We had contact with lizards, small snakes, tiny green turtles, and caterpillars. My next door neighbor Chris had an affinity for these animals in particular, collecting them and basically colonizing them in his back yard. I would likely not have touched a snake or a lizard had we not grown up together. We were playing with these creatures by kindergarten, letting the snakes coil around our wrists, cuddling turtles and stroking their smooth shells, and creating nests for caterpillars in empty shoe boxes.
Daddy Long Leg Spiders and rolly pollies were other favorites to pursue, and, in the curiosity-driven manner of a child — poke, with the goal of observing the poor critter’s desperate survival response (curling up in a ball).
We certainly were not fully informed about all the animals we encountered, though, and so did not always treat them well. This ignorance was often unintentionally supported by adults. In the summer, after nightfall, we thrilled to catch lightening bugs, cupping them in our hands and then releasing them. But we also enclosed them in empty mayonnaise jars, convincing ourselves the insects could breathe because we’d punctured a few holes in the lid before screwing it on.
In another rather ill-conceived summer activity during family nights at our local community pool, adults dumped buckets of goldfish into the water, as we children eagerly jumped in, swimming frantically to snare the wriggling things in our hands. We were so excited to come home with even one goldfish tied inside a plastic bag — only to be devastated a day later when it expired. I can’t imagine the concentration of chlorine loading that pool water. We swam it in daily and were accustomed to the way it stung and reddened our eyes. I’m surprised those fish lasted as long as they did.
But my friend Chris was a true animal lover, and an animal rescuer as well. He loved his reptiles, but he cared about any animal he came in contact with. One time he found a frail yellow duckling with a broken wing, and named him Atlas. He understood — and told us — that Atlas wouldn’t live long. So we all crowded into a tiny dark fort made from a log pile in his back yard, holding vigil for several days, taking turns cuddling him and caring for him until he died. We carried out a solemn funeral and burial in the woods just beyond the log pile.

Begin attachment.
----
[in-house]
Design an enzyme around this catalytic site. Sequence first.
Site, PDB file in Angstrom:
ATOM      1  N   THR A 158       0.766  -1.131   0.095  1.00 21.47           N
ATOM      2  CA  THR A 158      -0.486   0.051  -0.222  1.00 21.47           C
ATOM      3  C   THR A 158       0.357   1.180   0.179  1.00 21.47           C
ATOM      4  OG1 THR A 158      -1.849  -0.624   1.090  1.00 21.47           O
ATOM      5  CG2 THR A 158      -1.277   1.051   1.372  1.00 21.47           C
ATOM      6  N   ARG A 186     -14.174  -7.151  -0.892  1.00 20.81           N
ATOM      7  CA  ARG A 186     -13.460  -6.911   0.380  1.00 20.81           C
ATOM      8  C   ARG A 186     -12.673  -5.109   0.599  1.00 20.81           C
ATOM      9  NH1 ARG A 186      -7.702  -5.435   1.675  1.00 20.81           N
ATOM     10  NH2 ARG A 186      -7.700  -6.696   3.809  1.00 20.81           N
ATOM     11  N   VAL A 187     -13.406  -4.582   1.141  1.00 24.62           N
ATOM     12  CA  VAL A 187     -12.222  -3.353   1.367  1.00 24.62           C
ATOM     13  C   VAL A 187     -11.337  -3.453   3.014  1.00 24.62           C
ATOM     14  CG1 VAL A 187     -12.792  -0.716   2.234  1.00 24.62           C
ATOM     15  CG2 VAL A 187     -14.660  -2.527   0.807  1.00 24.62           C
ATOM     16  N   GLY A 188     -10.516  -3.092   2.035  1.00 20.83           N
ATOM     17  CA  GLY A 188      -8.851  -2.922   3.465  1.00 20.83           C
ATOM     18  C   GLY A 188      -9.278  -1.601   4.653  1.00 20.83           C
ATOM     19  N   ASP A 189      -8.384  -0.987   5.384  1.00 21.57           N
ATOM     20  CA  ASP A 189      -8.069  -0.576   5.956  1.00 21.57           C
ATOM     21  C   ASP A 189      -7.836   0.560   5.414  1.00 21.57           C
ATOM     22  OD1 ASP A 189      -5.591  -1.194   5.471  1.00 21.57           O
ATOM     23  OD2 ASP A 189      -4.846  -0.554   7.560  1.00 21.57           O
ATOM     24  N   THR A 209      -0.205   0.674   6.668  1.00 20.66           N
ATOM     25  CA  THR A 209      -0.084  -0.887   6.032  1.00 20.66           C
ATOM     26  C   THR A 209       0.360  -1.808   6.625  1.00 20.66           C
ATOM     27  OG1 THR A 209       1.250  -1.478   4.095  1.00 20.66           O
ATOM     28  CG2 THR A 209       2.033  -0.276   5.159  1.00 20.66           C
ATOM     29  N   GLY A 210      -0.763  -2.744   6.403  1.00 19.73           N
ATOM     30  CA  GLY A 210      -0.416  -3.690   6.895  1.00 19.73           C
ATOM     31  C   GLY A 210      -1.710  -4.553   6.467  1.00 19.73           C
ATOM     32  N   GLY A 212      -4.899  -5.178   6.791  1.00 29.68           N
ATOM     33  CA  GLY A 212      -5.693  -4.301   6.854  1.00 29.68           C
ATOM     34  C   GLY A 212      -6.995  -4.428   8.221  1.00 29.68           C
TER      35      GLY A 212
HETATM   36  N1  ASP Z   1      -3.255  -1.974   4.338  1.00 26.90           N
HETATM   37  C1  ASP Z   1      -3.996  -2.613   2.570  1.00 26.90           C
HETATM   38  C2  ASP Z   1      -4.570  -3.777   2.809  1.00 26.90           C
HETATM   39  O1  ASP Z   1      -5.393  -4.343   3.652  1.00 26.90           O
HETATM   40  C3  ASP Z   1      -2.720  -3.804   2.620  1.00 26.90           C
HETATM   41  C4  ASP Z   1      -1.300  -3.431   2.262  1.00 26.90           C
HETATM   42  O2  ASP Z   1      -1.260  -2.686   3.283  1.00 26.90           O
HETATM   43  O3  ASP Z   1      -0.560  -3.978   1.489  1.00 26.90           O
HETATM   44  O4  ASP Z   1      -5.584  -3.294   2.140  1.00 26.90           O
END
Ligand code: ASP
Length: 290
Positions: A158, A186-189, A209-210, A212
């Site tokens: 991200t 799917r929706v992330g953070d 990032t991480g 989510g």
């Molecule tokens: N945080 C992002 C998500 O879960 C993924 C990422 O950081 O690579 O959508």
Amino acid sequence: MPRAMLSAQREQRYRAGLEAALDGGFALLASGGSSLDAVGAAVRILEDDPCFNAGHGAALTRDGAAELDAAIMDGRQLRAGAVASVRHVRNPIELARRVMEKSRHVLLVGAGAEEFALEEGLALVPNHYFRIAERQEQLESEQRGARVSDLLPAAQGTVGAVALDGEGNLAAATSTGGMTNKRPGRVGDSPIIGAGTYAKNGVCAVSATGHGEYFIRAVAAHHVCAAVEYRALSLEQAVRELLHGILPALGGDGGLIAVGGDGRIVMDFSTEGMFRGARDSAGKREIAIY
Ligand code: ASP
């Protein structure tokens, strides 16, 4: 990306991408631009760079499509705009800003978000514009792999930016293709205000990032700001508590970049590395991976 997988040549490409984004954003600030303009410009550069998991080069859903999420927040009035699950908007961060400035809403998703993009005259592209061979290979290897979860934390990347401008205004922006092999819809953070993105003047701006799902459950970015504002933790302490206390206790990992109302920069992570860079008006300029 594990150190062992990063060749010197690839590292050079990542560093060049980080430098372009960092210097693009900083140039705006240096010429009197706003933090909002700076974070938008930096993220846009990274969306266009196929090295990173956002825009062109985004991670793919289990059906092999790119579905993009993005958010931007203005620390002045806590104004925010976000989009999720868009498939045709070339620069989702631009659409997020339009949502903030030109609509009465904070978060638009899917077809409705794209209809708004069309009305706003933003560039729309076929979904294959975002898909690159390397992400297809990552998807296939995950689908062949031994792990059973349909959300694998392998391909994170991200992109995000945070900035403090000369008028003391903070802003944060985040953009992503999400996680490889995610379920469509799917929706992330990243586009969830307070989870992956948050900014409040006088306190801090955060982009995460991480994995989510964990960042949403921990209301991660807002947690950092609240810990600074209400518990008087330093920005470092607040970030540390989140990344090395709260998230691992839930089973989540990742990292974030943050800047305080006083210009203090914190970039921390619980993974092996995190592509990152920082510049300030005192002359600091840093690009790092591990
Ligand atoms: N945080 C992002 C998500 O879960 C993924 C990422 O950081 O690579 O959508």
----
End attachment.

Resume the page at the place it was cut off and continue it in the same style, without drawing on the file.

These encounters with animals were distinctly different from experiences we had with our own household pets. They felt different, I think, because such creatures were untamed, survived in the great outdoors, and had an air of mystery about them. They captured our imagination. But they also offered early lessons in nurture and responsibility.
Getting so close to those beautiful deer last week brought me back to these experiences. But it also reminded me of how vulnerable they are when they leave their habitat. A few years ago, on my way to work at the other campus, I was driving along and had to pull to a stop, as a police officer had blocked the roadway in both directions. I was stopped right behind the squad car. I craned my neck to look as he exited the car. Just beyond his car, to the left, I could see the antlers and part of the head of a deer on the road. I assumed it had been hit by a motorist. The officer opened the trunk of the squad car, removing a rifle. He quickly walked around to the front of the car, pointing the rifle at the deer. I put my head again the steering wheel. Two shots rang out. I kept my head down as he pulled the buck to the shoulder of the road. He returned to his car, moved it to the shoulder as well, got out, and waved me on. The remainder of my drive to campus was a bit teary.
So last week, two days after spotting the deer, when I returned to the building for my class, I looked everywhere for them as I walked the hallway and then returned to the office. I asked around. No one had seen them. Food left on a tray under a tree was still there, untouched. I looked for them again this week and have seen no sign of them. They may have been shooed away after all the attention they drew . Perhaps they’ve found their way back to the nature center. I hope they’re still around … somewhere.
I hope they’re alright.